But here is the problem: the question as to where the line lies that divides the changes appropriate to historical circumstances from those that touch upon principle is the subject of contingent theological arguments about which good men might disagree. Such arguments concern the passage of the Church through time, that is, they are about pastoral applications of theological principles. It is for this reason that the universal authority of the Holy Father applies not only to dogmatic matters but also to pastoral ones, even when they are not guaranteed by the charism of infallibility. The Church is Mater et Magistra, Mother and Teacher in time, in the midst of all the changes and instability of “the world.”
Mary and Man
Blessed John Paul II called the spiritual journey of man through the passage of time a “pilgrimage of faith.” He did this especially by identifying its perfection in the person of Mary, who, though She was Mother of God and full of grace, lived out her faith in the historical circumstances of time, like everyone else. Hers was a vital faith that lifted her above the circumstances, which at times seem to have been impossibly difficult, as when after the Annunciation She had no way of explaining Her pregnancy, even to St. Joseph, and had to wait upon the direct intervention of God. Our Lady’s faith was wholly supernatural but circumscribed within the concrete, and while She possessed the faith, as no other, even more so than even the apostles, She remained always teachable, and therefore, like the Church She became Mother and Teacher, even in respect to the apostles. If Peter was entrusted with the faith as its guardian and promoter, to Mary, as Mother, was entrusted the faith of Peter and his brethren.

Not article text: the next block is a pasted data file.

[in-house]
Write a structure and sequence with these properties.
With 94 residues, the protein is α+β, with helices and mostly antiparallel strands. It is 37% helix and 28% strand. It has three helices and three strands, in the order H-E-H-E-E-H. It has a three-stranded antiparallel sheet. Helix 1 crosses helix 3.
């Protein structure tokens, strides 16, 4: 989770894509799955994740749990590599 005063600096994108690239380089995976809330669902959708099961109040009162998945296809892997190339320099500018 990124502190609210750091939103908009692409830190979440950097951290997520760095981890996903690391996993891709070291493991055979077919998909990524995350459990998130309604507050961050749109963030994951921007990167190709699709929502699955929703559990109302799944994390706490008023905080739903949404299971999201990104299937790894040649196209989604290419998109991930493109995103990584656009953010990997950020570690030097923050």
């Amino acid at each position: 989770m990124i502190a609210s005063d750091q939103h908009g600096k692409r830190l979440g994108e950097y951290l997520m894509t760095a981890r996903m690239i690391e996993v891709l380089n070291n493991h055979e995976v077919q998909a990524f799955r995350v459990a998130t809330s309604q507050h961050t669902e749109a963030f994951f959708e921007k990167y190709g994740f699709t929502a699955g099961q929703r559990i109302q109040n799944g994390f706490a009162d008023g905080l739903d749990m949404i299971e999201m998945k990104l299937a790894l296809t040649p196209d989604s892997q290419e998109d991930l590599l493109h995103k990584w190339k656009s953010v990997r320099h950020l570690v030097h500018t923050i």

Hence, it is by way of contrast to the immaculate faith of the Virgin that we ought to understand Pope Francis’ criticism of the Pelagianism and triumphalism found among Catholics. Here is what he said about Pelagianism:
The Pelagian solution. This basically appears as a form of restorationism. In dealing with the Church’s problems, a purely disciplinary solution is sought, through the restoration of outdated manners and forms which, even on the cultural level, are no longer meaningful. In Latin America it is usually to be found in small groups, in some new religious congregations, in tendencies to doctrinal or disciplinary “safety”. Basically it is static, although it is capable of inversion, in a process of regression. It seeks to “recover” the lost past.
And this is what Pope Francis said more recently about Triumphalism, according to Vatican Radio:
Finally, said Pope Francis there is the group of Christians who “in their hearts do not believe in the Risen Lord and want to make theirs a more majestic resurrection than that of the real one. These, he said are the “triumphalist” Christians.
“They do not know the meaning of the word ‘triumph’ the Pope continued, so they just say “triumphalism,” because they have such an inferiority complex and want to do this …
When we look at these Christians, with their many triumphalist attitudes, in their lives, in their speeches and in their pastoral theology, liturgy, so many things, it is because they do not believe deep down in the Risen One. He is the Winner, the Risen One. He won.